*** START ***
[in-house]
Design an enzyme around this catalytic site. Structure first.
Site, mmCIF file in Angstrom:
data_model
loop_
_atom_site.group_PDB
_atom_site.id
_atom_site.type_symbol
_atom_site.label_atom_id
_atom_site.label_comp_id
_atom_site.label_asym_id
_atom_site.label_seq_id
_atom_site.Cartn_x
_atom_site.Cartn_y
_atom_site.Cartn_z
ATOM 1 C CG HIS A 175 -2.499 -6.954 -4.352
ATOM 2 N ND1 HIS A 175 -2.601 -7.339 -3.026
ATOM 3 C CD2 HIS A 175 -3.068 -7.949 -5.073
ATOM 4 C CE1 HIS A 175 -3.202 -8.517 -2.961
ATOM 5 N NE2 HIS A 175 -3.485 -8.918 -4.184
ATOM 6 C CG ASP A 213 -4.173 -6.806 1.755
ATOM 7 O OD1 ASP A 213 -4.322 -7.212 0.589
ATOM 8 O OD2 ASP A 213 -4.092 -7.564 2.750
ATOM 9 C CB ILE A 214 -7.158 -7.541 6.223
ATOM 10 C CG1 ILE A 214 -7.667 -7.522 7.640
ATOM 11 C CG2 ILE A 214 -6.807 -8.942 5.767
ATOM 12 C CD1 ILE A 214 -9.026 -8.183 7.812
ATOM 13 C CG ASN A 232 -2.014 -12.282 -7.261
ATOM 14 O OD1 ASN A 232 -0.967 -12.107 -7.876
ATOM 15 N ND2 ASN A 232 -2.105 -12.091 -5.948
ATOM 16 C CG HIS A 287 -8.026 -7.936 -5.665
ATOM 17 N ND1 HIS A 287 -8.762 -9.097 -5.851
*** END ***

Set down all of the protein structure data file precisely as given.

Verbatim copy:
[in-house]
Design an enzyme around this catalytic site. Structure first.
Site, mmCIF file in Angstrom:
data_model
loop_
_atom_site.group_PDB
_atom_site.id
_atom_site.type_symbol
_atom_site.label_atom_id
_atom_site.label_comp_id
_atom_site.label_asym_id
_atom_site.label_seq_id
_atom_site.Cartn_x
_atom_site.Cartn_y
_atom_site.Cartn_z
ATOM 1 C CG HIS A 175 -2.499 -6.954 -4.352
ATOM 2 N ND1 HIS A 175 -2.601 -7.339 -3.026
ATOM 3 C CD2 HIS A 175 -3.068 -7.949 -5.073
ATOM 4 C CE1 HIS A 175 -3.202 -8.517 -2.961
ATOM 5 N NE2 HIS A 175 -3.485 -8.918 -4.184
ATOM 6 C CG ASP A 213 -4.173 -6.806 1.755
ATOM 7 O OD1 ASP A 213 -4.322 -7.212 0.589
ATOM 8 O OD2 ASP A 213 -4.092 -7.564 2.750
ATOM 9 C CB ILE A 214 -7.158 -7.541 6.223
ATOM 10 C CG1 ILE A 214 -7.667 -7.522 7.640
ATOM 11 C CG2 ILE A 214 -6.807 -8.942 5.767
ATOM 12 C CD1 ILE A 214 -9.026 -8.183 7.812
ATOM 13 C CG ASN A 232 -2.014 -12.282 -7.261
ATOM 14 O OD1 ASN A 232 -0.967 -12.107 -7.876
ATOM 15 N ND2 ASN A 232 -2.105 -12.091 -5.948
ATOM 16 C CG HIS A 287 -8.026 -7.936 -5.665
ATOM 17 N ND1 HIS A 287 -8.762 -9.097 -5.851